Given the third circuit's negative appraisal of § 766A, this court would be hesitant to adopt it as an expression of Pennsylvania law. Like the Windsor Securities court, however, we need not decide if § 766A would be adopted by the Pennsylvania Supreme Court. Even if Pennsylvania were to adopt § 766A, Fannie Mae is not liable under that section. Its conduct either did not cause Landmark to withdraw from the deal, or was not "improper" within the meaning of § 766A.
The undisputed evidence shows that Fannie Mae's allegedly excessive loan repurchase requests had nothing to do with Landmark's withdrawal from the deal. Deposition testimony of Jay Berger and of John Bollman, head of Landmark's secondary marketing and servicing operation, shows that Landmark decided to withdraw from the deal when it was notified by Peoples, during the week of May 20, 1991, that Fannie Mae was removing the servicing from Peoples. Bollman Dep., Peoples Ex. 51 at 24, 29-30, 53; Berger Dep., FNMA Ex. D at 222. All of the allegedly excessive loan repurchase requests were made after May 30, 1991. Complaint P 40. Thus, it is clear that the loan repurchase requests had nothing to do with Landmark's withdrawal, since they all came after the decision to withdraw had been made.
On the other hand, it is undisputed that Fannie Mae's termination of the Contract with Peoples was a factor in Landmark's decision to withdraw. Bollman Dep., Peoples Ex. 51 at 29-30, 53. However, Fannie Mae's termination of the Contract cannot be considered "improper" in the sense required for liability under § 766A, for in the Letter Agreement Peoples acknowledges that the termination of the Contract was "for cause." FNMA Ex. E. Thus, Peoples cannot now claim that the termination was an "improper" action subjecting Fannie Mae to liability under § 766A.
Even in the absence of the Letter Agreement, Fannie Mae's termination of the contract "for cause" when there allegedly was none is not the kind of action envisioned as "improper" under § 766A. Windsor Securities, 986 F.2d at 663-665 (breach of contract does not constitute the type of "improper" conduct required to make out a claim under § 766A). Where "the allegations and evidence only disclose that defendant breached his contracts with plaintiff and that as an incidental consequence thereof plaintiff's business relationships with third parties have been affected, an action lies only in contract for defendant's breaches, and the consequential damages recoverable, if any, may be adjudicated only in that action." Glazer v. Chandler, 414 Pa. 304, 308, 200 A.2d 416, 418 (1964); accord, Adler, Barish, 482 Pa. at 430 n.13, 393 A.2d at 1182 n.13; Windsor Securities, 986 F.2d at 663-665; Prosser & Keaton, The Law of Torts § 129, at 990 (5th ed. 1984). Accordingly, Count III will be dismissed.
4. Intentional interference with prospective contractual relation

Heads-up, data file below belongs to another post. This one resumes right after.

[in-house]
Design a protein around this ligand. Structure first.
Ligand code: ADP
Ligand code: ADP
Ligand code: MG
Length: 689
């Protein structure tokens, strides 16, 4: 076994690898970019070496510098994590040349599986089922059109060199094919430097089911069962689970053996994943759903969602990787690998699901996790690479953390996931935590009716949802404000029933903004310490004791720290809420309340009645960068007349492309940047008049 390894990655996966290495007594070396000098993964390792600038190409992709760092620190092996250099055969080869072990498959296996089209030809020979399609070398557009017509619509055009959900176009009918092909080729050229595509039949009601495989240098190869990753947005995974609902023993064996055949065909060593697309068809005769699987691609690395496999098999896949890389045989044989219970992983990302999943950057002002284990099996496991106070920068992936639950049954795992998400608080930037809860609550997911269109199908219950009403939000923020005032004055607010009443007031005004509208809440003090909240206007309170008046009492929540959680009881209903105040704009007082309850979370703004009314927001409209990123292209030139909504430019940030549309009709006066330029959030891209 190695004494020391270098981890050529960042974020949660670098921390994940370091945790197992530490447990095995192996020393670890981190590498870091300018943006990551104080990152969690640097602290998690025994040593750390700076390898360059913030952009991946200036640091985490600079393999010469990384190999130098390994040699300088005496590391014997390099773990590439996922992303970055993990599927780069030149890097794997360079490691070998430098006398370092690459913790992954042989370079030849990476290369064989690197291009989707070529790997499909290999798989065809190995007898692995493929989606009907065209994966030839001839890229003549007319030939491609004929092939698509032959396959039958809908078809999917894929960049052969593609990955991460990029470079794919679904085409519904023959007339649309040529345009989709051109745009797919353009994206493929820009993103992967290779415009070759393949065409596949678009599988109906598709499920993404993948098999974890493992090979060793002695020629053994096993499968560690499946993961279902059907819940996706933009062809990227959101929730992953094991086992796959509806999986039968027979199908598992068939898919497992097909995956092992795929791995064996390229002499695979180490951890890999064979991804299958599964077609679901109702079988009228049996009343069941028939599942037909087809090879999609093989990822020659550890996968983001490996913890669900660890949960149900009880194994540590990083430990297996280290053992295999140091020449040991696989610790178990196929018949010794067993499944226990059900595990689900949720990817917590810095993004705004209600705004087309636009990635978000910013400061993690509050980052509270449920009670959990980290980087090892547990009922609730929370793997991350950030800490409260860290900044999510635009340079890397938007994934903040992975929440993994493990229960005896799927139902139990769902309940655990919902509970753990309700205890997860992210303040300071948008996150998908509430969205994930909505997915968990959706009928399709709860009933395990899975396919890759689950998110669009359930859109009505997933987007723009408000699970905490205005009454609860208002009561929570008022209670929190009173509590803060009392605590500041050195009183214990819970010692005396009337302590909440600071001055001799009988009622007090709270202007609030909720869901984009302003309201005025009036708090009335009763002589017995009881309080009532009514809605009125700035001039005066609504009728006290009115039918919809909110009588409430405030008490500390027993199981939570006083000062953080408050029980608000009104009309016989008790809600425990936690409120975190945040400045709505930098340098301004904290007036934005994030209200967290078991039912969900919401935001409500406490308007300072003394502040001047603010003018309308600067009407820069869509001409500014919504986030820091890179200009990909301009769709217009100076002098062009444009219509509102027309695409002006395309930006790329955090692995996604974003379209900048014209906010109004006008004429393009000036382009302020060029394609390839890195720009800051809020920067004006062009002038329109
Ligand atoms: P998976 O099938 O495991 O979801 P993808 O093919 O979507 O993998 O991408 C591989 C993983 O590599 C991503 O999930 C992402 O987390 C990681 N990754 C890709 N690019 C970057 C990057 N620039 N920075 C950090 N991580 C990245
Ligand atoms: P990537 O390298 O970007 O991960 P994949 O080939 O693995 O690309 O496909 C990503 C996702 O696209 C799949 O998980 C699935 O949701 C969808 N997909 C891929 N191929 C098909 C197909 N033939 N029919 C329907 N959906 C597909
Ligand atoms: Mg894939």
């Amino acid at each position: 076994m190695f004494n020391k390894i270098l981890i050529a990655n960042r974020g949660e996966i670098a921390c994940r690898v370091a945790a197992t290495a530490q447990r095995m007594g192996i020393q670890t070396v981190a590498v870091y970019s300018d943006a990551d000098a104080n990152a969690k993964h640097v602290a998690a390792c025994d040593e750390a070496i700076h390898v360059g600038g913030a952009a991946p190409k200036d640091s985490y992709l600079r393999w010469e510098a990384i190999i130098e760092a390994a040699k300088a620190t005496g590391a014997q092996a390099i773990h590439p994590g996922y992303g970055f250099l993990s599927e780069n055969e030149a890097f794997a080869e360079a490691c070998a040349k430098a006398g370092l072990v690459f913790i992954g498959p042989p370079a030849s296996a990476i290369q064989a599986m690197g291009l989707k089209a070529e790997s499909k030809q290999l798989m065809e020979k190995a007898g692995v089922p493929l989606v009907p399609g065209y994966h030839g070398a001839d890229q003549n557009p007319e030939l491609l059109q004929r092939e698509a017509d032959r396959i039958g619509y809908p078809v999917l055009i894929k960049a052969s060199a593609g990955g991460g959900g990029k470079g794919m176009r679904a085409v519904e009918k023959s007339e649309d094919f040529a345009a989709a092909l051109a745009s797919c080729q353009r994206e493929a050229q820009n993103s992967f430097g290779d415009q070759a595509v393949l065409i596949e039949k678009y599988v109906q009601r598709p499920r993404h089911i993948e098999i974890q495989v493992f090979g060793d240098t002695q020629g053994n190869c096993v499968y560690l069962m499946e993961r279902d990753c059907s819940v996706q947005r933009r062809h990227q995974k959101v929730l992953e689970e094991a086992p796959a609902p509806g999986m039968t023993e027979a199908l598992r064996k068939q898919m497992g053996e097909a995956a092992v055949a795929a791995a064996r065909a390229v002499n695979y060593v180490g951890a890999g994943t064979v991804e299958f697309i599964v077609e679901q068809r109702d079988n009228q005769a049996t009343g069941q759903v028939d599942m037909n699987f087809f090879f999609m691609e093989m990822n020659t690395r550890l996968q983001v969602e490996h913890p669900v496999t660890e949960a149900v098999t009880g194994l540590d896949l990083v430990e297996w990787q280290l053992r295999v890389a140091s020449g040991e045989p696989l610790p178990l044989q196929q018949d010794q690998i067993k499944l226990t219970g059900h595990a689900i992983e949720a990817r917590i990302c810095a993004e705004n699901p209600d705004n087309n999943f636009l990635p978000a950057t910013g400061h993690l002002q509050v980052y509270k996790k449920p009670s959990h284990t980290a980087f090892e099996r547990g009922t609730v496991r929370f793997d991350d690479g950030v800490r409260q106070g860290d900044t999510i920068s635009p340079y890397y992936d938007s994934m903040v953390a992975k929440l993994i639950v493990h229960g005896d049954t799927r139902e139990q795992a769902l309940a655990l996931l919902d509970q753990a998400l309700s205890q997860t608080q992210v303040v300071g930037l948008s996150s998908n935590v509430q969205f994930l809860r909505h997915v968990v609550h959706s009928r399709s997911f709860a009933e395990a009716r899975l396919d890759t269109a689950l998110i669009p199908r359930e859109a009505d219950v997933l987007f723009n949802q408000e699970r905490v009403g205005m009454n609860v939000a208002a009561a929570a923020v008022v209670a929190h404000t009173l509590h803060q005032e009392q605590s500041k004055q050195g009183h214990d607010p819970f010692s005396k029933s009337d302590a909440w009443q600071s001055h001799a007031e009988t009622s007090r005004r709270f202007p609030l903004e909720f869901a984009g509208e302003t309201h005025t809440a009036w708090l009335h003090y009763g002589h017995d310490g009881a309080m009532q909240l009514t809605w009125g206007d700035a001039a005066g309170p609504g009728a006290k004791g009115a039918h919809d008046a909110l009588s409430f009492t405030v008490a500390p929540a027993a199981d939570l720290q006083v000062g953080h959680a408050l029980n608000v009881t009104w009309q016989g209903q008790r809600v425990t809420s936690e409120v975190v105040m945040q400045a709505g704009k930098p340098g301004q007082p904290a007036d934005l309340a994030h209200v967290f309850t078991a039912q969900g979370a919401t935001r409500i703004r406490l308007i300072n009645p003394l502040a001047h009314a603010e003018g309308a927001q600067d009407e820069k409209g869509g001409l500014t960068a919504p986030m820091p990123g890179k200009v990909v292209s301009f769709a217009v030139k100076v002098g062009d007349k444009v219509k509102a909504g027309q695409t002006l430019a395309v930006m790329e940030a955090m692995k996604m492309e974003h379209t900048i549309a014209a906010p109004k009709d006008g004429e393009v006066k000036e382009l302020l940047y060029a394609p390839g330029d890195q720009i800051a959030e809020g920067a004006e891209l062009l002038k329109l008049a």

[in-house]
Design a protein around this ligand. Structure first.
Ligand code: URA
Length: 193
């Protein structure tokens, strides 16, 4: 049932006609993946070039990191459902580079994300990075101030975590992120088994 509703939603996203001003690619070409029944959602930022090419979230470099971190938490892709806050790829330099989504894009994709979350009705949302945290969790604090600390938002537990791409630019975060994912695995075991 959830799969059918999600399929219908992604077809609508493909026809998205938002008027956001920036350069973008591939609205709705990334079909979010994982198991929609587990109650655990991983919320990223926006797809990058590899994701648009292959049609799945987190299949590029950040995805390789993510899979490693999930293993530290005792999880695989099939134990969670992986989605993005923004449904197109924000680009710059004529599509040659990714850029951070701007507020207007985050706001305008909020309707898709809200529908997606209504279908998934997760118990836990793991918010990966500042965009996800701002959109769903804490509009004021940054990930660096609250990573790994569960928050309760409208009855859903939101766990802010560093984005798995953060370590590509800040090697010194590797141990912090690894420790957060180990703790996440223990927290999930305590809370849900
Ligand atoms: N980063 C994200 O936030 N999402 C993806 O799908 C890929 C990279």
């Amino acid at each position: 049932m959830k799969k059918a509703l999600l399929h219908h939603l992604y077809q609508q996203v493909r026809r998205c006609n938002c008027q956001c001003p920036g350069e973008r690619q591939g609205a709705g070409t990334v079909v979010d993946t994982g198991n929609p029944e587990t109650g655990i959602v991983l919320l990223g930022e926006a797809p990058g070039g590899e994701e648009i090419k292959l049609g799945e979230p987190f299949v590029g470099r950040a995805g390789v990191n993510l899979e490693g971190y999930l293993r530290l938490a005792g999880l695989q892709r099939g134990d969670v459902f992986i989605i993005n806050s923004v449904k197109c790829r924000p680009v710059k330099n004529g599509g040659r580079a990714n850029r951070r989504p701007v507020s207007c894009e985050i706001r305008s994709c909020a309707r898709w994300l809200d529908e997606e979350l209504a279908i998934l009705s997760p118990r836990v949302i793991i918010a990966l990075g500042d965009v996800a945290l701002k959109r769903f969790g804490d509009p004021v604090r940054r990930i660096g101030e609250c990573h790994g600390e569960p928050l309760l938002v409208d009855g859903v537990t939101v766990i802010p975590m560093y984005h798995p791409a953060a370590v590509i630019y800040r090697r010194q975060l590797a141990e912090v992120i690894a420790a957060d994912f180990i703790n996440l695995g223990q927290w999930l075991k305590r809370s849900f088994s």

Count IV of Peoples' complaint alleges that Fannie Mae intentionally interfered with a prospective contractual relation by causing Fidelity Bond and Mortgage Corporation ("Fidelity") to withdraw from negotiations with Peoples for the purchase of the servicing.
Peoples avers that Fannie Mae's "initiating excessive and unreasonable loan repurchase demands" caused Fidelity "not to enter into an agreement with Peoples to purchase the Peoples Servicing Portfolio." Complaint P 134.
Under Pennsylvania law, a plaintiff asserting intentional interference with prospective contractual relations must prove the following elements: "(1) a prospective contractual relationship; (2) the purpose or intent to harm plaintiff by preventing the relationship from occurring; (3) the absence of privilege or justification on the part of the defendant; and (4) occurrence of actual damage." Advent Systems Ltd. v. Unisys Corp., 925 F.2d 670, 673 (3d Cir. 1991); accord, Silver v. Mendel, 894 F.2d 598, 601-02 (3d Cir.) (citing Thompson Coal Co. v. Pike Coal Co., 488 Pa. 198, 412 A.2d 466, 471 (1979)), cert. denied, 496 U.S. 926 (1990). Peoples must also establish that there is a reasonable likelihood that the transaction would have been completed but for Fannie Mae's interference. Thompson Coal Co., 488 Pa. at 209-10, 412 A.2d at 471; Tose v. First Pennsylvania Bank, N.A., 648 F.2d 879, 898 (3d Cir.), cert. denied, 454 U.S. 893, 70 L. Ed. 2d 208, 102 S. Ct. 390 (1981); Posner v. Lankenau Hospital, 645 F. Supp. 1102, 1111 (E.D. Pa. 1986).
Deposition testimony of Fidelity's President, James Dougherty, explicitly addresses the role Fannie Mae played in Fidelity's decision to withdraw from negotiations with Peoples:
Q: Did Fannie Mae have any impact on your decision not to go through with the deal?
. . .
A: I don't think Fannie Mae -- Fannie Mae had no --you know, obviously in the back of your mind you are thinking here's our major customer and our main customer and you take that into consideration, obviously, when you are doing these types of deals. But they [Fannie Mae] put no pressure on us either way to do or not to do this deal.